The U.S. economy grew at a 2.6% annual rate from July through September, snapping two straight quarters of economic contraction and overcoming punishingly high inflation and interest rates.
Thursday’s estimate from the Commerce Department showed that the nation’s gross domestic product — the broadest gauge of economic output — grew in the third quarter after having shrunk in the first half of 2022. Stronger exports and steady consumer spending, backed by a healthy job market, helped restore growth to the world’s biggest economy.
Still, the outlook for the economy has darkened. The Federal Reserve has aggressively raised interest rates five times this year to fight chronic inflation and is set to do so again next week and in December. Chair Jerome Powell has warned that the Fed’s hikes will bring “pain” in the form of higher unemployment and possibly a recession.
The government’s latest GDP report comes as Americans, worried about inflation and the risk of recession, have begun to vote in midterm elections that will determine whether President Joe Biden’s Democratic Party retains control of Congress. Inflation has become a signature issue for Republican attacks on the Democrats’ stewardship of the economy.
Economists surveyed by the data firm FactSet have predicted, on average, that GDP grew at a 2% annual rate in the third quarter. That would reverse annual declines of 1.6% from January through March and 0.6% from April through June.
Consecutive quarters of declining economic output are one informal definition of a recession. But most economists say they believe the economy has so far skirted a recession, noting the still-resilient job market and steady spending by consumers. Most of them have expressed concern, though, that a recession is likely next year as the Federal Reserve continues to steadily ratchet up interest rates to fight inflation.
Preston Caldwell, head of U.S. economics for the financial services firm Morningstar, notes that the economy’s contraction in the first half of the year was caused largely by factors that don’t reflect its underlying health and so “very likely did not constitute a genuine economic slowdown.” He pointed, for example, to a drop in business inventories, a cyclical event that tends to reverse itself and generally doesn’t reflect the state of the economy.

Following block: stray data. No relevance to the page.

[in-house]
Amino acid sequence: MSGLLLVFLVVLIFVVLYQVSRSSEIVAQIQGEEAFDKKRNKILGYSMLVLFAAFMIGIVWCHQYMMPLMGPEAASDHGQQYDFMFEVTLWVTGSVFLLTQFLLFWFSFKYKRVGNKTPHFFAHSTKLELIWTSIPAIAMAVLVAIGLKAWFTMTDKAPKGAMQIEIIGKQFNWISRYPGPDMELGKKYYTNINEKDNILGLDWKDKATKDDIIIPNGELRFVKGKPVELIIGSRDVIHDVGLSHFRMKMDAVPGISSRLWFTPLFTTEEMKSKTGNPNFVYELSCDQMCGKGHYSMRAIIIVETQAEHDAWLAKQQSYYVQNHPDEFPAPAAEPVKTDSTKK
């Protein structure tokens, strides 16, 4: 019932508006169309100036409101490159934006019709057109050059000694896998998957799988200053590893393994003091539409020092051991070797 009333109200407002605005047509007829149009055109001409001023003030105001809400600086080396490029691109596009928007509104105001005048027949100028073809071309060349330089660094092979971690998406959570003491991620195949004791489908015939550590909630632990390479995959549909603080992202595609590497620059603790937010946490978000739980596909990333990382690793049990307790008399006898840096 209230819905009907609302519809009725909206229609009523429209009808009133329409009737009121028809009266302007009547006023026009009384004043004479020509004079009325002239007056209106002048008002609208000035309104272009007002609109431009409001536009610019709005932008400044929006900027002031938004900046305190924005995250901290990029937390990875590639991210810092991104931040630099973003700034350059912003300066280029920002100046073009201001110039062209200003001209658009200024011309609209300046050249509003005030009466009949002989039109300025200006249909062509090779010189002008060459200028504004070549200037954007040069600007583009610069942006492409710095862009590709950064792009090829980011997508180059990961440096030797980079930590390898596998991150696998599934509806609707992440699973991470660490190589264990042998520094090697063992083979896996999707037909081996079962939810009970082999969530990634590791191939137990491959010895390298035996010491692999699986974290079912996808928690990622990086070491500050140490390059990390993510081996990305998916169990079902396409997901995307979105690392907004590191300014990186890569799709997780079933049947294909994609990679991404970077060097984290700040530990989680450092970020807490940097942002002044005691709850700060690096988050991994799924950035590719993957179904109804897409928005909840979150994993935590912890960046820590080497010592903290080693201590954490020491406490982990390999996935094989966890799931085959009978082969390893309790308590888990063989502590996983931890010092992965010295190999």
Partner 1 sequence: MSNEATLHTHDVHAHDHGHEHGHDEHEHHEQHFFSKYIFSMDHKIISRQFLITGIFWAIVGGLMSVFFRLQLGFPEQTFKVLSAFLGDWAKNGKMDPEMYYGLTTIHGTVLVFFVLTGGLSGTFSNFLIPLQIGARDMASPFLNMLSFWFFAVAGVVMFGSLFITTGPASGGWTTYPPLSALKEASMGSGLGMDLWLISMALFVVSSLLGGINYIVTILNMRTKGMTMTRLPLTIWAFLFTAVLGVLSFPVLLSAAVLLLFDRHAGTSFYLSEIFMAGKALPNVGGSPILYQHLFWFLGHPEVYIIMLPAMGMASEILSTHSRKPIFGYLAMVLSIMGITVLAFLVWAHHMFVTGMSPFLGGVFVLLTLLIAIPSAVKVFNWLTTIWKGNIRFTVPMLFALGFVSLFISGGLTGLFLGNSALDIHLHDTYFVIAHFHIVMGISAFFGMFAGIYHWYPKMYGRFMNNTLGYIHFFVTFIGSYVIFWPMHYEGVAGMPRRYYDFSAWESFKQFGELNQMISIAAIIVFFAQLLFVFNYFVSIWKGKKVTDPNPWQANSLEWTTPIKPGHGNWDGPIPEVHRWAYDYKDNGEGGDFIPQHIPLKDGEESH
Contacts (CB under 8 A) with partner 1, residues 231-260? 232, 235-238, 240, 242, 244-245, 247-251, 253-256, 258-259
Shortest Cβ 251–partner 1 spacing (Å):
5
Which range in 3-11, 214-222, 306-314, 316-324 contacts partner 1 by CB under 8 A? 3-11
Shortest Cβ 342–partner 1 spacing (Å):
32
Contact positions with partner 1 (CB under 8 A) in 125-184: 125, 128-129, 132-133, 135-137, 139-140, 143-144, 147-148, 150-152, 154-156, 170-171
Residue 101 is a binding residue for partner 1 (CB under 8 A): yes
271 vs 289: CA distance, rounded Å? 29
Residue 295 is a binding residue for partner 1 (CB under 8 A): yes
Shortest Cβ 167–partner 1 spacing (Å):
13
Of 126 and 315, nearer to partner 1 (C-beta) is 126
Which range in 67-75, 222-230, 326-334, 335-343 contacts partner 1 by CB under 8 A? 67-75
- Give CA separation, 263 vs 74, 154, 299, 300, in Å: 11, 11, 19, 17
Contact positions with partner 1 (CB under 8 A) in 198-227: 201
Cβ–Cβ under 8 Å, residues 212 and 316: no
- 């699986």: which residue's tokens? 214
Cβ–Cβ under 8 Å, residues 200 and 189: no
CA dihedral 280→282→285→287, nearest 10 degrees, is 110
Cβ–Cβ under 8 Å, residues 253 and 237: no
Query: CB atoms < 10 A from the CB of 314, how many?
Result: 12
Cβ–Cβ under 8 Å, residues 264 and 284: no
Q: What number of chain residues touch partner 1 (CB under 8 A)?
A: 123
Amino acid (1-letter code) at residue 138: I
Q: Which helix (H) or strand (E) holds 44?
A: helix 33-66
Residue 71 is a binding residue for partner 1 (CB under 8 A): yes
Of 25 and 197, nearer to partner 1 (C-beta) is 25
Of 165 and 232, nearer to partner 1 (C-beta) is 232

By contrast, consumer spending, fueled by a healthy job market, and stronger U.S. exports likely restored the world’s biggest economy to growth last quarter.
Thursday’s report from the government comes as Americans, worried about high prices and recession risks, are preparing to vote in midterm elections that will determine whether President Joe Biden’s Democratic Party retains control of Congress. Inflation has become a signature issue for Republican attacks on the Democrats’ stewardship of the economy.
The risk of an economic downturn next year remains elevated as the Fed keeps raising rates aggressively to try to tame stubbornly high consumer prices. The central bank has raised its benchmark short-term rate five times this year, and it’s expected to announce further hikes next week and again in December. Chair Jerome Powell has warned bluntly that taming inflation will “bring some pain’’ — namely, higher unemployment and, possibly, a recession.
Higher borrowing costs have already hammered the home market. The average rate on a 30-year fixed-rate mortgage, just 3.09% a year ago, is approaching 7%. Sales of existing homes have fallen for eight straight months. Construction of new homes is down nearly 8% from a year ago.
Still, the economy retains pockets of strength. One is the vitally important job market. Employers have added an average of 420,000 jobs a month this year, putting 2022 on track to be the second-best year for job creation (behind 2021) in Labor Department records going back to 1940. The unemployment rate was 3.5% last month, matching a half-century low.
But hiring has been decelerating. In September, the economy added 263,000 jobs — solid but the lowest total since April 2021.
International events are causing further concerns. Russia’s invasion of Ukraine has disrupted trade and raised prices of energy and food, creating a crisis for poor countries. The International Monetary Fund, citing the war, this month downgraded its outlook for the world economy in 2023.
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